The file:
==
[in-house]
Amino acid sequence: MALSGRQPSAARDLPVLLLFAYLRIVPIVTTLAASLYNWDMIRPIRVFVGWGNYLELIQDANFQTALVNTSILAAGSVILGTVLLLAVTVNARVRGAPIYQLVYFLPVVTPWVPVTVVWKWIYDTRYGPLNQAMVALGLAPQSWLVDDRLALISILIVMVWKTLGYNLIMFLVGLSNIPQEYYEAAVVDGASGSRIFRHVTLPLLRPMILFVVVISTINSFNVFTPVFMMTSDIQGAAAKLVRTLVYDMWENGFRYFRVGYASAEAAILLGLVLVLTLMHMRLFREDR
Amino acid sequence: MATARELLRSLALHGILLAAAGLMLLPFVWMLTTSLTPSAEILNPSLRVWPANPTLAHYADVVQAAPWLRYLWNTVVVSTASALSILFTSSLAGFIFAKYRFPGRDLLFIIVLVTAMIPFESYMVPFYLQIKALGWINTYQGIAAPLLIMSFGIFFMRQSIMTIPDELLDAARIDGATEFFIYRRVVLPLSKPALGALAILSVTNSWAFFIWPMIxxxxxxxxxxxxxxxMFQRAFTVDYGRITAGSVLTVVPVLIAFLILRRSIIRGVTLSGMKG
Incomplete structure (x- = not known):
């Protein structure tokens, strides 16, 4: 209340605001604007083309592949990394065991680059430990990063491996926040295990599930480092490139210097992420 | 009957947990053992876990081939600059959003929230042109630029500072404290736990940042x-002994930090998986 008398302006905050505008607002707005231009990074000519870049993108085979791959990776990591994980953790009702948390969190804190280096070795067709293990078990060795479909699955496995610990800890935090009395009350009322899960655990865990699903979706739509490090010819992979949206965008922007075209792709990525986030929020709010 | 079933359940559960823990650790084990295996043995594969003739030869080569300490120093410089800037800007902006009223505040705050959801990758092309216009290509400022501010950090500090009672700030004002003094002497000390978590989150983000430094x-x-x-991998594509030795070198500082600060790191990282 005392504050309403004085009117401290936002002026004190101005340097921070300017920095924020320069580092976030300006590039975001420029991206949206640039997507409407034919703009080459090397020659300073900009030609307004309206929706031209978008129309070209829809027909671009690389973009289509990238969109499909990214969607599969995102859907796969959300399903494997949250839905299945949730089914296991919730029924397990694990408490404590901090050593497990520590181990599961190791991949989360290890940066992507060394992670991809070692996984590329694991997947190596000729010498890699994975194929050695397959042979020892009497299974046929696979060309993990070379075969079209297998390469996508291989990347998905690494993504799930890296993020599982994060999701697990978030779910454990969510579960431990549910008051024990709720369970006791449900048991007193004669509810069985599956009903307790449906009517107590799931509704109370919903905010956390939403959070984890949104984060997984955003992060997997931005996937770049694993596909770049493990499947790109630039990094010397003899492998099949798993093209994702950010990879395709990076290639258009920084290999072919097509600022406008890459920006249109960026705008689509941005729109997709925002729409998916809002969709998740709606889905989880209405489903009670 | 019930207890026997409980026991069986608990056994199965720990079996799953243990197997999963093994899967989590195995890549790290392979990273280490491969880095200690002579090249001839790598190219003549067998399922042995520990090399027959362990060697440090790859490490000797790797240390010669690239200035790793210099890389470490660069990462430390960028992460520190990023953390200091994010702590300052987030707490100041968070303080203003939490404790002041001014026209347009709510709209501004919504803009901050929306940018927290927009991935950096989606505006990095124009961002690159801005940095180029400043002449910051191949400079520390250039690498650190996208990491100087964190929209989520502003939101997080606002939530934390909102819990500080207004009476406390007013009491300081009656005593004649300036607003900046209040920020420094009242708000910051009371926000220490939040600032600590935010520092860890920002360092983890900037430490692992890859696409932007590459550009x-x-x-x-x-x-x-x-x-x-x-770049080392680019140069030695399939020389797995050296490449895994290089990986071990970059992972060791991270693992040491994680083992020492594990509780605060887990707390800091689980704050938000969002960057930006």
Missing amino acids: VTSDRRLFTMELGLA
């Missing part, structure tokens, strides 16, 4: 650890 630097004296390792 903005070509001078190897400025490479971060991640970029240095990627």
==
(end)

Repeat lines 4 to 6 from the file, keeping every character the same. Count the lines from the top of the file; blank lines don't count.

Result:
Incomplete structure (x- = not known):
């Protein structure tokens, strides 16, 4: 209340605001604007083309592949990394065991680059430990990063491996926040295990599930480092490139210097992420 | 009957947990053992876990081939600059959003929230042109630029500072404290736990940042x-002994930090998986 008398302006905050505008607002707005231009990074000519870049993108085979791959990776990591994980953790009702948390969190804190280096070795067709293990078990060795479909699955496995610990800890935090009395009350009322899960655990865990699903979706739509490090010819992979949206965008922007075209792709990525986030929020709010 | 079933359940559960823990650790084990295996043995594969003739030869080569300490120093410089800037800007902006009223505040705050959801990758092309216009290509400022501010950090500090009672700030004002003094002497000390978590989150983000430094x-x-x-991998594509030795070198500082600060790191990282 005392504050309403004085009117401290936002002026004190101005340097921070300017920095924020320069580092976030300006590039975001420029991206949206640039997507409407034919703009080459090397020659300073900009030609307004309206929706031209978008129309070209829809027909671009690389973009289509990238969109499909990214969607599969995102859907796969959300399903494997949250839905299945949730089914296991919730029924397990694990408490404590901090050593497990520590181990599961190791991949989360290890940066992507060394992670991809070692996984590329694991997947190596000729010498890699994975194929050695397959042979020892009497299974046929696979060309993990070379075969079209297998390469996508291989990347998905690494993504799930890296993020599982994060999701697990978030779910454990969510579960431990549910008051024990709720369970006791449900048991007193004669509810069985599956009903307790449906009517107590799931509704109370919903905010956390939403959070984890949104984060997984955003992060997997931005996937770049694993596909770049493990499947790109630039990094010397003899492998099949798993093209994702950010990879395709990076290639258009920084290999072919097509600022406008890459920006249109960026705008689509941005729109997709925002729409998916809002969709998740709606889905989880209405489903009670 | 019930207890026997409980026991069986608990056994199965720990079996799953243990197997999963093994899967989590195995890549790290392979990273280490491969880095200690002579090249001839790598190219003549067998399922042995520990090399027959362990060697440090790859490490000797790797240390010669690239200035790793210099890389470490660069990462430390960028992460520190990023953390200091994010702590300052987030707490100041968070303080203003939490404790002041001014026209347009709510709209501004919504803009901050929306940018927290927009991935950096989606505006990095124009961002690159801005940095180029400043002449910051191949400079520390250039690498650190996208990491100087964190929209989520502003939101997080606002939530934390909102819990500080207004009476406390007013009491300081009656005593004649300036607003900046209040920020420094009242708000910051009371926000220490939040600032600590935010520092860890920002360092983890900037430490692992890859696409932007590459550009x-x-x-x-x-x-x-x-x-x-x-770049080392680019140069030695399939020389797995050296490449895994290089990986071990970059992972060791991270693992040491994680083992020492594990509780605060887990707390800091689980704050938000969002960057930006």
Missing amino acids: VTSDRRLFTMELGLA